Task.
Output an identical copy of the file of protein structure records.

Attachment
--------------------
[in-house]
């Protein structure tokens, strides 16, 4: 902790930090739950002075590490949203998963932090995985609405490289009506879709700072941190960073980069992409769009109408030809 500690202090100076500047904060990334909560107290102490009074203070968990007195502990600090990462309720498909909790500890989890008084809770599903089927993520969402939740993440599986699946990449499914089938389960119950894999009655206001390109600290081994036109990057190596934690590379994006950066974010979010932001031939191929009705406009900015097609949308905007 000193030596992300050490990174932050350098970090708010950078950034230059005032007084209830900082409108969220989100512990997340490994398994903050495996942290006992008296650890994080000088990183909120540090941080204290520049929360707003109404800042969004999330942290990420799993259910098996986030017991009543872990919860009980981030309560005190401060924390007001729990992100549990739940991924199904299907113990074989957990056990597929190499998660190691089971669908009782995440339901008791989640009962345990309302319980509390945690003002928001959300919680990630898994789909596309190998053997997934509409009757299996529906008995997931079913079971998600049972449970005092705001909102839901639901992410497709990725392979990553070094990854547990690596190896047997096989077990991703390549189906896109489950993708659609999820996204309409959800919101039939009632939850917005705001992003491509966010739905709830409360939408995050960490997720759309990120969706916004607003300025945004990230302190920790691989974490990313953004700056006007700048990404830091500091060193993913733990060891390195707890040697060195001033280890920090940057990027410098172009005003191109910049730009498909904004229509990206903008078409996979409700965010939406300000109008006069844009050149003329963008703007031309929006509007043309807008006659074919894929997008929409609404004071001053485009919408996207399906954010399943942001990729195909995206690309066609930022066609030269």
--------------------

[in-house]
């Protein structure tokens, strides 16, 4: 902790930090739950002075590490949203998963932090995985609405490289009506879709700072941190960073980069992409769009109408030809 500690202090100076500047904060990334909560107290102490009074203070968990007195502990600090990462309720498909909790500890989890008084809770599903089927993520969402939740993440599986699946990449499914089938389960119950894999009655206001390109600290081994036109990057190596934690590379994006950066974010979010932001031939191929009705406009900015097609949308905007 000193030596992300050490990174932050350098970090708010950078950034230059005032007084209830900082409108969220989100512990997340490994398994903050495996942290006992008296650890994080000088990183909120540090941080204290520049929360707003109404800042969004999330942290990420799993259910098996986030017991009543872990919860009980981030309560005190401060924390007001729990992100549990739940991924199904299907113990074989957990056990597929190499998660190691089971669908009782995440339901008791989640009962345990309302319980509390945690003002928001959300919680990630898994789909596309190998053997997934509409009757299996529906008995997931079913079971998600049972449970005092705001909102839901639901992410497709990725392979990553070094990854547990690596190896047997096989077990991703390549189906896109489950993708659609999820996204309409959800919101039939009632939850917005705001992003491509966010739905709830409360939408995050960490997720759309990120969706916004607003300025945004990230302190920790691989974490990313953004700056006007700048990404830091500091060193993913733990060891390195707890040697060195001033280890920090940057990027410098172009005003191109910049730009498909904004229509990206903008078409996979409700965010939406300000109008006069844009050149003329963008703007031309929006509007043309807008006659074919894929997008929409609404004071001053485009919408996207399906954010399943942001990729195909995206690309066609930022066609030269």